Every family is condemned to live with its own unique traits, its own unique secrets, its own unique pain. Alyosha Zim writes of his family experience – a gemischt of dogma and spriritualism with inherited Judaism and adopted Buddhism; the challenges of love and relationships; and the overhang of a disease that if contracted is debilitating and ultimately fatal. Although sadness pervades the play, it holds the attention throughout and fully satisfies on many levels thanks to great writing and formidable acting.
In part, “Red Winged Blackbird” is a classic play about two special generations of Americans – the parents being from the “greatest generation” who sacrifice all for their progeny, and the children being of the loving but self-indulgent “flower power” generation. Sidney is a Jewish World War II refugee who lost virtually all of his family in the Holocaust. Anchored in that tragedy, its gravity acts as a benchmark for evaluating everything in life. Working hard in a deli, but valuing education and accomplishment, Sidney’s anguish and the hope that his children will have a better life are poignantly captured by Jullian Lopez-Morillas. But like many of his era, his measuring sticks use orthodox values. While Lopez-Morillas’s character is not sympathisch, we can’t help but respect how he has led his life.
Alyosha, born Sheldon but ultimately adopting a new identity from Dostoevsky’s spiritual Karamazov brother, has largely adopted the father’s values and achieved his desires, becoming a psychiatrist. He’s retained an albeit diluted association with the Jewish faith and practice, like many American-born Jews. He will also be the responsible one to stay near home to help his parents with their considerable needs. But often it is the wayward child that a parent loves the most. Harold, who takes on the name of Joshua, has disappointed by squandering the Harvard education that his father has afforded him; rejecting traditional religion; adopting a Buddhist lifestyle which the father scorns; and fleeing responsibility by migrating to an isolated aerie in Colorado.
The brothers are chalk and cheese, clashing on many issues. They represent the changing landscape brought on by the ‘60s in which new values took root with some, but old ones remained with others. In many ways, the play is about brotherly love, but it shows how circumstances can drive a wedge into a relationship. A common bond is that each feels guilty about the ultimate death of a parent. Aaron Wilton as the stiff, hard-working Alyosha, and Adam Magill as the laid back, but depressive counterculturist Joshua are fine fits for the roles.
But the 800-pound gorilla in the room is Huntington’s Disease, which degenerates the brain tissue, causing uncontrollable movement and mental and emotional deterioration. Huntington’s is inherited. The brothers’ mother suffers from the disease. There is a 50/50 chance that either of them would contract it. If one were to manifest it, the same odds would apply to his children. It acts as a constant dark cloud over Alyosha and Joshua.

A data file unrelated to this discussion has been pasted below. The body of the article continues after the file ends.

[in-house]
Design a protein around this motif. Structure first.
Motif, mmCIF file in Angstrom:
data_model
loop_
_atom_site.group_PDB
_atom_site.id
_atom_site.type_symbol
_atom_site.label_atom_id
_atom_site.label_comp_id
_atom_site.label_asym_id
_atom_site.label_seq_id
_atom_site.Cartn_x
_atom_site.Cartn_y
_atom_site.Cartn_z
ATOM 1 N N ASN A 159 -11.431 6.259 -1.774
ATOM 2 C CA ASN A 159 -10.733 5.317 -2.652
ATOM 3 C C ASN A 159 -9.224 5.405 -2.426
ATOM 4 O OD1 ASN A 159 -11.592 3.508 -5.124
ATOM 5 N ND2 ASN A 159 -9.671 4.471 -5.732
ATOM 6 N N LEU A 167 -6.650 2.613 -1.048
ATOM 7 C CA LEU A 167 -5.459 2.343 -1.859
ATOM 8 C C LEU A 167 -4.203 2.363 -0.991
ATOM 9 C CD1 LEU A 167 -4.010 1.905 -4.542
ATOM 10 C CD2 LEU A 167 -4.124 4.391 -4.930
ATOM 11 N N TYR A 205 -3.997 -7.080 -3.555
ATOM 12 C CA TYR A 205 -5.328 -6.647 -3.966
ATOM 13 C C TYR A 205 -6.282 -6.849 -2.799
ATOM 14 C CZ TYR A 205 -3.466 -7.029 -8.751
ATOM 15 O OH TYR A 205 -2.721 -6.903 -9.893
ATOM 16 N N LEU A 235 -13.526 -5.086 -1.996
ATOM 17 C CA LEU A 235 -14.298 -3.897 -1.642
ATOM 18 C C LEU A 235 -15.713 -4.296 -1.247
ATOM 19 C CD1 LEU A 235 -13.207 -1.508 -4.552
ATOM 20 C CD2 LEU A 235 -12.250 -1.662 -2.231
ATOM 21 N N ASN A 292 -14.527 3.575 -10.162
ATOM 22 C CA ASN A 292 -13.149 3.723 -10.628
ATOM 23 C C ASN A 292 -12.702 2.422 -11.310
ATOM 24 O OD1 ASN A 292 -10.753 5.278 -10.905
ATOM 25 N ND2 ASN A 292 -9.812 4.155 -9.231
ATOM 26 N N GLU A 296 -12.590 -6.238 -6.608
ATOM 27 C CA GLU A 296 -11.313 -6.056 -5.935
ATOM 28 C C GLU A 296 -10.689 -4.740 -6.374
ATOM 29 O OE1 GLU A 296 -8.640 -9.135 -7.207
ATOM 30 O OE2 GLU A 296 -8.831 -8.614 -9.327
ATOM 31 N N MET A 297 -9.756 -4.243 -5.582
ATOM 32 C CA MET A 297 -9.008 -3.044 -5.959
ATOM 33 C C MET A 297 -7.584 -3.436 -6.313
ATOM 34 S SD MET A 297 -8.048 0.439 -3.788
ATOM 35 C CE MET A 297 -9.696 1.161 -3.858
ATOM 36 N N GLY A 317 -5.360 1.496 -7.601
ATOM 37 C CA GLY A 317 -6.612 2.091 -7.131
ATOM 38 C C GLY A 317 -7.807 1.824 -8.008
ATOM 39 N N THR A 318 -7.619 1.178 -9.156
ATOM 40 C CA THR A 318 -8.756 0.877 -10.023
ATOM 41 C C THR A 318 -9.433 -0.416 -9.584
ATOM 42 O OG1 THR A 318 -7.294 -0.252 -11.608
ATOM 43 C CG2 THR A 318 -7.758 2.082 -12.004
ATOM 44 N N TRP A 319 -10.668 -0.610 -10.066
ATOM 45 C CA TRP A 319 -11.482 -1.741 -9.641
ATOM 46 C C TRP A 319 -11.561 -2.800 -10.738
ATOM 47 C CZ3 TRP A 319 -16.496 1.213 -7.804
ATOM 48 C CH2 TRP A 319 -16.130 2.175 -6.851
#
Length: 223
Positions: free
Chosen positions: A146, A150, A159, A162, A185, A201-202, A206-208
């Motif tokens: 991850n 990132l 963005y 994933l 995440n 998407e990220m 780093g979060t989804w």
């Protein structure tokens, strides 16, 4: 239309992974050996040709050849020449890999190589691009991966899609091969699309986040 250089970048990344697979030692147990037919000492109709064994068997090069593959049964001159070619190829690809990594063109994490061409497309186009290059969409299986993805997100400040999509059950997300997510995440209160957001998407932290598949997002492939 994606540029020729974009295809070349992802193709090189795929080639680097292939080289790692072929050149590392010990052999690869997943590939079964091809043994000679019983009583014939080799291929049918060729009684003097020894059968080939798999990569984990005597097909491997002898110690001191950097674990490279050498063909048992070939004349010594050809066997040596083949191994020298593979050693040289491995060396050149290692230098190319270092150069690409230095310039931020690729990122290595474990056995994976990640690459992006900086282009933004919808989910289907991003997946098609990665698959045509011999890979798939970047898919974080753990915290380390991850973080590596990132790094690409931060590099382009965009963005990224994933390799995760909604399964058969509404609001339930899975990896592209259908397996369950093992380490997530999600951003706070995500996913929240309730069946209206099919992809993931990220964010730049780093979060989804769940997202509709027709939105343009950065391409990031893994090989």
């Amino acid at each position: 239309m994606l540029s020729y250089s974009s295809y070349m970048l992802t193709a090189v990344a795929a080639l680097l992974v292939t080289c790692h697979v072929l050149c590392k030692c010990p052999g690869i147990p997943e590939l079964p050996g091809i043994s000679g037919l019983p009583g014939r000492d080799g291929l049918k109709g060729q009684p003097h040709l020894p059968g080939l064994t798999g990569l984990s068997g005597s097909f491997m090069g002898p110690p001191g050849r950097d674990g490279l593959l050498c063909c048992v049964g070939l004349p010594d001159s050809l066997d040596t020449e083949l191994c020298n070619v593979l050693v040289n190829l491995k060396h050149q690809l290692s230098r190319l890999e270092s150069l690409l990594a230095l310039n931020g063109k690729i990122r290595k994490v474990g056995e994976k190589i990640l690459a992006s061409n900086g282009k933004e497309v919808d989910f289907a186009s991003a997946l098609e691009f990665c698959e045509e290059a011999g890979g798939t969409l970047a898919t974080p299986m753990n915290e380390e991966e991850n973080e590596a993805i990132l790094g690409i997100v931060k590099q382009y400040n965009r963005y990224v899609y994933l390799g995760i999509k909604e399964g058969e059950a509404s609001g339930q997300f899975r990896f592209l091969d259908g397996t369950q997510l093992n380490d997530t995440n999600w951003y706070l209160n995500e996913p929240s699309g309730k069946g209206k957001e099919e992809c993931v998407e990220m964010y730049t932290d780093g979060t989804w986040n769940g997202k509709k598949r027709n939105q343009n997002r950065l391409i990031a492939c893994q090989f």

All of the acting in “Red Winged Blackbird” is noteworthy, including the two non-family members. Rinabeth Apostol charms as Padma, Joshua’s soul mate and ardent supporter. Ogie Zulueta fulfills as Rinpoche, Buddhist guru to the couple, and the comic relief who even rebukes Joshua for overdoing his spiritual commitment.
However, Danielle Levin as Eva, wife of Sidney and mother to the young men, is absolutely chilling. Her contortions and thrashing as she struggles with the disease are heartbreakingly convincing – the endless jerky motion enervating. Imagine suffering years from this condition. As observed in the play, it gives so little time to living and so long to dying.
For scattered brief moments we see Eva before the disease set in. Levin’s transformation is powerful as a totally different person wearing the same skin. Oblivious to her fate, she broadly smiles with chirpy optimism, and patters on like a stereotypical Brooklyn immigrant mother of the era. Great stuff.
Set initially in the late ‘60s, the play takes us forward to the mid ‘80s. Much has transpired and critical points are reached. The red winged blackbird symbolizes powerful forces within us that enable us to meet challenges and become stronger as a result. The question is who in the family achieves that state.
As producer, Zim has assembled a formidable creative team. Director Nancy Carlin marshals her resources well, notably Nina Ball’s clever set that incorporates two domestic settings and a Buddhist shine in a multitiered set. Also, the music in Cliff Caruthers sound design adds a Jewish feel to the proceedings. Carlin also helped shape the script of a series of flashbacks into a tight and entertaining drama.
“Red Winged Blackbird,” written by Alyosha Zim, and produced by SparklePlenty Productions, plays at Live Oak Theater, 1301 Shattuck Avenue, Berkeley, CA through March 20, 2022.